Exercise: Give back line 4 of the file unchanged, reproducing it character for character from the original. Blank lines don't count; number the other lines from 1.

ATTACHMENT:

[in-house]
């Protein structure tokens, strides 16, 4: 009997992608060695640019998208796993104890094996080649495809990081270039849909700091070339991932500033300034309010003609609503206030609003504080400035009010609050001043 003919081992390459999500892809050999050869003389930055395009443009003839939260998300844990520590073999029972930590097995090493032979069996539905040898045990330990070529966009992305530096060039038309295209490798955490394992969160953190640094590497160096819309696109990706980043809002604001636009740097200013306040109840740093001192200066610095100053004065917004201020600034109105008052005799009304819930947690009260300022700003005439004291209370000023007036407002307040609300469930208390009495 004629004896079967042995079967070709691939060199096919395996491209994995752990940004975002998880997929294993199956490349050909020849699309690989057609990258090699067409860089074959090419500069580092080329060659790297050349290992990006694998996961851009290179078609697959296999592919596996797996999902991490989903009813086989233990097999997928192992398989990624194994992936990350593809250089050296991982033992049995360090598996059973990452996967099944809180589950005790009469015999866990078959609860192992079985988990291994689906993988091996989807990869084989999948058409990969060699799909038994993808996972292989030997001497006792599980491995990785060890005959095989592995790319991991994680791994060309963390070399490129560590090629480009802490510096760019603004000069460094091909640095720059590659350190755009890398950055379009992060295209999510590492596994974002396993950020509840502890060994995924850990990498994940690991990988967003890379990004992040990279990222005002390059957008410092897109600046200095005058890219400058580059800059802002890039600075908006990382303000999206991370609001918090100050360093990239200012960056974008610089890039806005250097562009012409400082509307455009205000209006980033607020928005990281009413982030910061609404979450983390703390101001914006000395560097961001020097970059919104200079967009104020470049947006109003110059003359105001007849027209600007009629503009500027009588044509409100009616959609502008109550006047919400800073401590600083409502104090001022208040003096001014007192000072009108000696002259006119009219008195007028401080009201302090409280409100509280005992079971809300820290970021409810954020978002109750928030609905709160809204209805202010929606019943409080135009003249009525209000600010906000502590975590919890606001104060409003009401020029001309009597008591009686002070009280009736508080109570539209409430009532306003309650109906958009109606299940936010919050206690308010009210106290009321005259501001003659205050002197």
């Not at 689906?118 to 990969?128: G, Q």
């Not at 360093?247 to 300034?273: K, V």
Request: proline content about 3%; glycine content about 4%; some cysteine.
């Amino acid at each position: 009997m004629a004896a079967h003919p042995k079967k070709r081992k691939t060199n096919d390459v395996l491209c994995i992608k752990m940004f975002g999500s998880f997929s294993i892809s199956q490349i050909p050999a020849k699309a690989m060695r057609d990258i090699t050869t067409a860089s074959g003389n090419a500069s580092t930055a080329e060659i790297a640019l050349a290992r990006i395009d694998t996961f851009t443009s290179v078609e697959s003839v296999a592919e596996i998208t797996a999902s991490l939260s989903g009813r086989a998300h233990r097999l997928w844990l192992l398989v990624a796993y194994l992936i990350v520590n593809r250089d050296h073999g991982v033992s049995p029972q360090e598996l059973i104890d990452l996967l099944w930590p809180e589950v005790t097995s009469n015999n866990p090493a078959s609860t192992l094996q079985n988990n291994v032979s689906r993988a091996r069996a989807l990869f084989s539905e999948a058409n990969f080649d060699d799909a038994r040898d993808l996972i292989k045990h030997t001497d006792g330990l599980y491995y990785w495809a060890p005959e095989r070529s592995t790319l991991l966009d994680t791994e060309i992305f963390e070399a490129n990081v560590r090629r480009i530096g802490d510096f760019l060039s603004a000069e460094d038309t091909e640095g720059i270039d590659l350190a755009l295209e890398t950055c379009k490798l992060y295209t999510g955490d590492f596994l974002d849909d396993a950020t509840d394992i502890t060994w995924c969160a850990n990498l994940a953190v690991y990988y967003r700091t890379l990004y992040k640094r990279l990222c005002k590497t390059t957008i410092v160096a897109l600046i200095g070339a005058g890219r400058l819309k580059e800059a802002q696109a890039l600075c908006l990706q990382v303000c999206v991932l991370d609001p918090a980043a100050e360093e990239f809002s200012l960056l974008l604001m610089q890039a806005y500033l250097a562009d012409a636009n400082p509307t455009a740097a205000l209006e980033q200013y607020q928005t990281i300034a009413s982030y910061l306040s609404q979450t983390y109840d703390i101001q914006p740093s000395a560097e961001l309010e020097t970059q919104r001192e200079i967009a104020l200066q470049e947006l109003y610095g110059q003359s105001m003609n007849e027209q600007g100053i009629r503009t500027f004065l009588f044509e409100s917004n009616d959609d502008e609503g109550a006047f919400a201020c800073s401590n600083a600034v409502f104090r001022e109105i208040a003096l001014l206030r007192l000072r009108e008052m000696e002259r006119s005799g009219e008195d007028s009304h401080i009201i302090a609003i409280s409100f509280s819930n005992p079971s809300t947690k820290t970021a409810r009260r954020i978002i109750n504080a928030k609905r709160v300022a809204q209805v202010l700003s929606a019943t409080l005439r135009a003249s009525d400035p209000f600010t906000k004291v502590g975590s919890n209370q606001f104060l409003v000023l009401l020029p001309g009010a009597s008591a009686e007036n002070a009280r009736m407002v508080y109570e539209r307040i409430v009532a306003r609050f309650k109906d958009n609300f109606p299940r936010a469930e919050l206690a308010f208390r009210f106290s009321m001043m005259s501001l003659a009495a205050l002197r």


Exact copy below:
């Not at 360093?247 to 300034?273: K, V």